Summary: In today's lesson we learn how God fulfills his promise.


Today we will study the birth of John the Baptist as it is set forth in Luke 1:57-66. Regarding the birth of John the Baptist, Bible commentator Philip Ryken says:

The opening chapters of Luke are like a duet from an oratorio. One voice begins to sing, followed by another, and then the two voices harmonize. For a while the second voice is silent while the first voice sings alone. Then the first voice leaves off and the second carries the music until finally the song ends with a chorus of angels.

The first melody we hear belongs to John the Baptist. It is the promise of his birth, given to his father Zechariah by an angel, fully believed only by his mother Elizabeth. Then we hear the song of the Savior: the virgin Mary will give birth to the Son of God. When the two mothers meet, their melodies harmonize into one song. But after three months Elizabeth is ready to give birth, and Mary goes back to Nazareth. It is time again to sing the song of John the Baptist.

Let us now read about the birth of John the Baptist in Luke 1:57-66:

57 Now the time came for Elizabeth to give birth, and she bore a son. 58 And her neighbors and relatives heard that the Lord had shown great mercy to her, and they rejoiced with her. 59 And on the eighth day they came to circumcise the child. And they would have called him Zechariah after his father, 60 but his mother answered, “No; he shall be called John.” 61 And they said to her, “None of your relatives is called by this name.” 62 And they made signs to his father, inquiring what he wanted him to be called. 63 And he asked for a writing tablet and wrote, “His name is John.” And they all wondered. 64 And immediately his mouth was opened and his tongue loosed, and he spoke, blessing God. 65 And fear came on all their neighbors. And all these things were talked about through all the hill country of Judea, 66 and all who heard them laid them up in their hearts, saying, “What then will this child be?” For the hand of the Lord was with him. (Luke 1:57-66)


There is usually great excitement when a couple conceives a child. This is very true if the couple has had difficulty conceiving.

Then, after the conception, there are the months of preparation and excitement as the couple awaits the arrival of the child. Finally, the child is born, and there is further joy at the birth of that child. Parents love to celebrate with others following the safe arrival of the newborn child.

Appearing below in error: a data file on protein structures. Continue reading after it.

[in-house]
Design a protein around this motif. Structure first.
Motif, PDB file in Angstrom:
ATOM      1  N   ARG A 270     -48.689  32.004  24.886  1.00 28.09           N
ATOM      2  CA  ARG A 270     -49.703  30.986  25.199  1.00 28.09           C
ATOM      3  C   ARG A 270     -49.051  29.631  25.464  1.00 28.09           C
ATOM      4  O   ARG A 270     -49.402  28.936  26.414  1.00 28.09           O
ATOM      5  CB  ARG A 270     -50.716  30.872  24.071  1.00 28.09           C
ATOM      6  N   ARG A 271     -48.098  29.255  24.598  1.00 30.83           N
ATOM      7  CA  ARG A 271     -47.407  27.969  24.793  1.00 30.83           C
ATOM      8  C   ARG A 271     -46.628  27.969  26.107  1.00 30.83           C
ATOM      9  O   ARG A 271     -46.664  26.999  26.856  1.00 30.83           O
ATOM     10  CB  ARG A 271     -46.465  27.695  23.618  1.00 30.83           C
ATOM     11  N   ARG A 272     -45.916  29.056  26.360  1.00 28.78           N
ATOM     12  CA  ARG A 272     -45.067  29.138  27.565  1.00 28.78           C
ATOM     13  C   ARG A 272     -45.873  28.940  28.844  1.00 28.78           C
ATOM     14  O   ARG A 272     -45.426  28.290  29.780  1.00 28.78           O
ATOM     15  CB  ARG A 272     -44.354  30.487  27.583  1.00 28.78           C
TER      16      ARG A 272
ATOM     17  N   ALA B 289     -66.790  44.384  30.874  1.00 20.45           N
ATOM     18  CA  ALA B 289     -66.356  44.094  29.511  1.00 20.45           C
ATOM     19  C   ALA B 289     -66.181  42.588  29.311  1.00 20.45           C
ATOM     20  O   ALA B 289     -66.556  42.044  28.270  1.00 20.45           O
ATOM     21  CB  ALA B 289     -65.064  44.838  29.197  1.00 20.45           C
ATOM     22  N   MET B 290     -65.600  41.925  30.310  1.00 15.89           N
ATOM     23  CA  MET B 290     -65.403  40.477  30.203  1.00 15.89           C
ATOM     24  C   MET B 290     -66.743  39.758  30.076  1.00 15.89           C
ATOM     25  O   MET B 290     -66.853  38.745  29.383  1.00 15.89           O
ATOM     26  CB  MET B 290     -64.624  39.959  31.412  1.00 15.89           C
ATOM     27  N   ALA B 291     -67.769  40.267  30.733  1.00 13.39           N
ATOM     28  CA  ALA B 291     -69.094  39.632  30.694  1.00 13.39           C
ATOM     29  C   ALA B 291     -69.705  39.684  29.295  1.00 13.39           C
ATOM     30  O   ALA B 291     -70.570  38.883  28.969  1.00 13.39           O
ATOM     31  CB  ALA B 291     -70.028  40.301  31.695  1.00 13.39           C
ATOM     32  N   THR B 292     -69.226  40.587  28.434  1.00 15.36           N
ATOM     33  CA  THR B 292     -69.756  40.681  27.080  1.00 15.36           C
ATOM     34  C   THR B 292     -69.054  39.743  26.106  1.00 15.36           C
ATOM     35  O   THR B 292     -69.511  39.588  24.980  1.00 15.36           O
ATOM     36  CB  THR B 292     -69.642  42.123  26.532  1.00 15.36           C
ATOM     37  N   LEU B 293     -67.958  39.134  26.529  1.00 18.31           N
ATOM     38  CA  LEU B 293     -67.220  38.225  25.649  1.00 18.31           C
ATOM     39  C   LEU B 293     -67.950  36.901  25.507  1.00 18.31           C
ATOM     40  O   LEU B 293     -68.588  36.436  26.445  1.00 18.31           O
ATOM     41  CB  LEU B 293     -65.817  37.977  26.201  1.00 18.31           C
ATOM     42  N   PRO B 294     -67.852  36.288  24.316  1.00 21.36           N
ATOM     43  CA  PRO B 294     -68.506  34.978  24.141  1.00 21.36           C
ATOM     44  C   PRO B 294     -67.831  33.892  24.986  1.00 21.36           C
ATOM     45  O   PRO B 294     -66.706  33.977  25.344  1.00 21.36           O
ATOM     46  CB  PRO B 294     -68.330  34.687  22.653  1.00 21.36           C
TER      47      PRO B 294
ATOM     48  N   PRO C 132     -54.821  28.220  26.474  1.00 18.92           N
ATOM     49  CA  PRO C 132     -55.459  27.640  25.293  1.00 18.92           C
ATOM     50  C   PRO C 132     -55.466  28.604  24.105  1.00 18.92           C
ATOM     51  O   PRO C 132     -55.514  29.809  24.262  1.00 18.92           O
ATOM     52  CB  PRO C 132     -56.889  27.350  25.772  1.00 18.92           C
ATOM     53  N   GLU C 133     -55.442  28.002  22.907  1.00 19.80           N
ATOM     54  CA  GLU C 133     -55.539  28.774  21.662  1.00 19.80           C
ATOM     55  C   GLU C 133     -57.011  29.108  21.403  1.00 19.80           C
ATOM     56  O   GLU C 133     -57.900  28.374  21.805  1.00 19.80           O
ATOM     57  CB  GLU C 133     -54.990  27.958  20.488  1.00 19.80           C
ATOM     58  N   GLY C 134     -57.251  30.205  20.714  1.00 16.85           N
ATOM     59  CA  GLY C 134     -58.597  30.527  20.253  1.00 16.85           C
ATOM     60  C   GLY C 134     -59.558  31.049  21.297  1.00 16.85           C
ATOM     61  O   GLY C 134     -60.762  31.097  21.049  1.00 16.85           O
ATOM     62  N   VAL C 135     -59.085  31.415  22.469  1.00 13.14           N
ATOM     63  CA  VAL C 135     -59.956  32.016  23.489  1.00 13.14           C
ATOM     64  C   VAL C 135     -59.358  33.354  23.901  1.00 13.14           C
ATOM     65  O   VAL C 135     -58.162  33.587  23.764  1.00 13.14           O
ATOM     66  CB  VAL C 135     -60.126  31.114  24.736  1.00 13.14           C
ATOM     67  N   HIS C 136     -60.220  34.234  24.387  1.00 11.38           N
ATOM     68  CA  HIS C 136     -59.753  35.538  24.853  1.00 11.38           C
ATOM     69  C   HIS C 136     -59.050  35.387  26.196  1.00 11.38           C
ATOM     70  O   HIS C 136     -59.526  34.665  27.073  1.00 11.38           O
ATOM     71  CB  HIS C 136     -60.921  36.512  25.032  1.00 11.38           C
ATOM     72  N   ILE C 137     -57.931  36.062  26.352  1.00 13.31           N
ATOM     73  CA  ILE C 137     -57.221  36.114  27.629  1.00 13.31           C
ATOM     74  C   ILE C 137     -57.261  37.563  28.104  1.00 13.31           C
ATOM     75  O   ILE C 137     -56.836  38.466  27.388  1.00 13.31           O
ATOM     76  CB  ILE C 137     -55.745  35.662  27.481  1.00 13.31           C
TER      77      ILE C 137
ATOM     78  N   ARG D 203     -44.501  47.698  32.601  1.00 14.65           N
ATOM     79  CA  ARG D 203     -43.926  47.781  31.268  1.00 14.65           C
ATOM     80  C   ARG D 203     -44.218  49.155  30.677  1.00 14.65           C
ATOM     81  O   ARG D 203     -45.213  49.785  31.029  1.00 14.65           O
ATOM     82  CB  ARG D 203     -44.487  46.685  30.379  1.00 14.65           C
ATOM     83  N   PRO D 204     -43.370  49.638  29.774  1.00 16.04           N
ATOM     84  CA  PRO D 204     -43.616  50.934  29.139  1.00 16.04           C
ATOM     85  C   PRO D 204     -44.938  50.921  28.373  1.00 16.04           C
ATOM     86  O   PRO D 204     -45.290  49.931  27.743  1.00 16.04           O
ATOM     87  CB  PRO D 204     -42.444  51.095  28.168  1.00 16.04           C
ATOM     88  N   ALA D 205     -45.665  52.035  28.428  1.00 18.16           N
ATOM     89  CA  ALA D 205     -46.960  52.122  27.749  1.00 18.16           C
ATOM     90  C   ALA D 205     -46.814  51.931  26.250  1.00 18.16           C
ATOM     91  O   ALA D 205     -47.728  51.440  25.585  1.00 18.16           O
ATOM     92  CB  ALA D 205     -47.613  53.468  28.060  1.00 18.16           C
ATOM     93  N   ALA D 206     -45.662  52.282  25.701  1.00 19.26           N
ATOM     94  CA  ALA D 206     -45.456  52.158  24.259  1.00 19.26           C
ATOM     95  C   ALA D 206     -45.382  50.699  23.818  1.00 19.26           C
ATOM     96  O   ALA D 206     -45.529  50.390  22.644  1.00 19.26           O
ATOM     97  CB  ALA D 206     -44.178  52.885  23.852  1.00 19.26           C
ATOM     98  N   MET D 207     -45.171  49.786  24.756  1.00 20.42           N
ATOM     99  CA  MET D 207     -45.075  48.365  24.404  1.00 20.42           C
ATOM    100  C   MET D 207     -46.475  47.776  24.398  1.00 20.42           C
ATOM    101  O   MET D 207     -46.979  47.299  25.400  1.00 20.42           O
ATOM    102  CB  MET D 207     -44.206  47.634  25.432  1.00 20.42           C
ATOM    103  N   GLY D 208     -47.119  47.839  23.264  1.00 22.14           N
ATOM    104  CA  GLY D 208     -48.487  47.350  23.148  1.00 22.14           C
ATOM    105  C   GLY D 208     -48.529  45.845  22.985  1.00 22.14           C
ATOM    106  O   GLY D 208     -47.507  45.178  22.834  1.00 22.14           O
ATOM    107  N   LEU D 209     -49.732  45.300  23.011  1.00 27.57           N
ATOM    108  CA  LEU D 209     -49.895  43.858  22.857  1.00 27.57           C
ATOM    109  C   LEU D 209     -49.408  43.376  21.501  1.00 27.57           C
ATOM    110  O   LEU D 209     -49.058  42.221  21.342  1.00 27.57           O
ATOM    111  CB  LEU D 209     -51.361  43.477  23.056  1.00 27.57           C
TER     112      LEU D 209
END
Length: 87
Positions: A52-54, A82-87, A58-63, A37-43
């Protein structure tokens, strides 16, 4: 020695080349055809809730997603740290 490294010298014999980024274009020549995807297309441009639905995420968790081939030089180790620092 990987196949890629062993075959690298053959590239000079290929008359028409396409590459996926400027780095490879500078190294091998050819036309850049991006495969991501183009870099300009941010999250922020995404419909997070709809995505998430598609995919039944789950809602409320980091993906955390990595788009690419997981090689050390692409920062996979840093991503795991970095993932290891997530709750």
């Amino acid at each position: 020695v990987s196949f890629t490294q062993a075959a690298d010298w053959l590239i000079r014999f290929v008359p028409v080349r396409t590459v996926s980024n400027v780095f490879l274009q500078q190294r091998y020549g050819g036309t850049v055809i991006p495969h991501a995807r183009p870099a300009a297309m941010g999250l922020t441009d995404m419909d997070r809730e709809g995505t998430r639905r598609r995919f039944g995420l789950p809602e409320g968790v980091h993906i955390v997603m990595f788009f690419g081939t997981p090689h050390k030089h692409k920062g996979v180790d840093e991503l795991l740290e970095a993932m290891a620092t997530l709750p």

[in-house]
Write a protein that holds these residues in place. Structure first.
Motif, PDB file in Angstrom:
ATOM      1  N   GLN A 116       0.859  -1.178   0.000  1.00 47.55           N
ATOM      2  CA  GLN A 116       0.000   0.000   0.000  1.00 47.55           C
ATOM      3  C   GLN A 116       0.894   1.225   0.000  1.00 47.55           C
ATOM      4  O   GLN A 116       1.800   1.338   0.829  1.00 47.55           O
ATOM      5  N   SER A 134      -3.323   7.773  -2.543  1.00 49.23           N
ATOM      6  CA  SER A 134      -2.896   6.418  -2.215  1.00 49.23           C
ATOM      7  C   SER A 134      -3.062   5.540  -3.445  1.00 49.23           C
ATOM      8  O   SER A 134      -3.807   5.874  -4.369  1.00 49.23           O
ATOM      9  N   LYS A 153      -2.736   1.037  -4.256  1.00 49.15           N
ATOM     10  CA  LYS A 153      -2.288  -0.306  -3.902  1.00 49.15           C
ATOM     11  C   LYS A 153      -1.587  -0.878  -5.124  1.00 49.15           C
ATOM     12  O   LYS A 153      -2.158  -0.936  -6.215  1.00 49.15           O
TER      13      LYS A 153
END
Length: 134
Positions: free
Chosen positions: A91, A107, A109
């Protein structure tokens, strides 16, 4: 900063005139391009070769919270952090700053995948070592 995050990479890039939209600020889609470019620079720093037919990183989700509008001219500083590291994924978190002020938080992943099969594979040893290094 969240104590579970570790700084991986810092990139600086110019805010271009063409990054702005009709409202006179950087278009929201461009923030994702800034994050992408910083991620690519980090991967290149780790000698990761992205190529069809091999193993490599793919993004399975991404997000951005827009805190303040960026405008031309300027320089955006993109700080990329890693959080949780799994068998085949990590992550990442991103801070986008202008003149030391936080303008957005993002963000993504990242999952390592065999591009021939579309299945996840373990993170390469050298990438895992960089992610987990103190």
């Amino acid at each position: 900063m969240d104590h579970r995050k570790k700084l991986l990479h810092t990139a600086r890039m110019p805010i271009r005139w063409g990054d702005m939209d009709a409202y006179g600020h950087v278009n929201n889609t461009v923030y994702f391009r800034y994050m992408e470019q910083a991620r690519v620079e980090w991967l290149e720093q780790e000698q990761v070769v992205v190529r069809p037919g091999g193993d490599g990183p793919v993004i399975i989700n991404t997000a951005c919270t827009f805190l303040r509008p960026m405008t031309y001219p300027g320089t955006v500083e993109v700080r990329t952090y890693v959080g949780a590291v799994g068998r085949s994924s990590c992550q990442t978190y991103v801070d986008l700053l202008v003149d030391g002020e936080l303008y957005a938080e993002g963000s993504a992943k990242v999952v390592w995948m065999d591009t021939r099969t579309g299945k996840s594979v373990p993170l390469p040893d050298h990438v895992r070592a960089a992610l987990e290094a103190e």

Luke devotes a significant portion of his Gospel to the conception and birth of two boys. The reason he does so is because both mothers conceived these boys in unusual ways. Elizabeth conceived her son John when she was old and well beyond the age of bearing children. And Mary conceived her son Jesus when she was a young teenager without the intervention of a human father. Both boys were given to their mothers by the promise of God.

In the account regarding the birth of John the Baptist, as he will become known, Luke shows us how God fulfills his promise.


An analysis of the account regarding the birth of John the Baptist as set forth in Luke 1:57-66 will show us how God fulfills his promise.

Luke shows us that God fulfills his promise:

1. At the Birth of John (1:57-58)

2. By the Naming of John (1:59-65a)

3. Through the Destiny of John (1:65b-66)

I. At the Birth of John (1:57-58)

First, God fulfills his promise at the birth of John.

Luke set out to write an orderly account concerning the things regarding the life and ministry of Jesus Christ. He understood that in the Old Testament God had promised his people that he would send them a Savior, someone who would deliver them from their sins.

But for four hundred years God had been silent. There had been no word or no action from God.

Then, without warning, God sent his angel Gabriel to Zechariah while he was serving in the Temple in Jerusalem. Gabriel told Zechariah that God was going to give him and his barren old wife Elizabeth a son who would be the forerunner to the Savior.

For more than four centuries it had seemed as if God’s plan of redemption had come to a grinding halt. But now God was taking action to send a Savior for sinners. And Zechariah’s son would be the messenger, the Savior’s forerunner, the one who would announce his arrival.

Unfortunately, Zechariah doubted Gabriel’s promise that God would give him and Elizabeth a son in their old age. And so the angel struck Zechariah with muteness and told him that he would not be able to speak until the day that these things took place (1:20). And so for nine long months Zechariah was unable to hear or speak to anyone.

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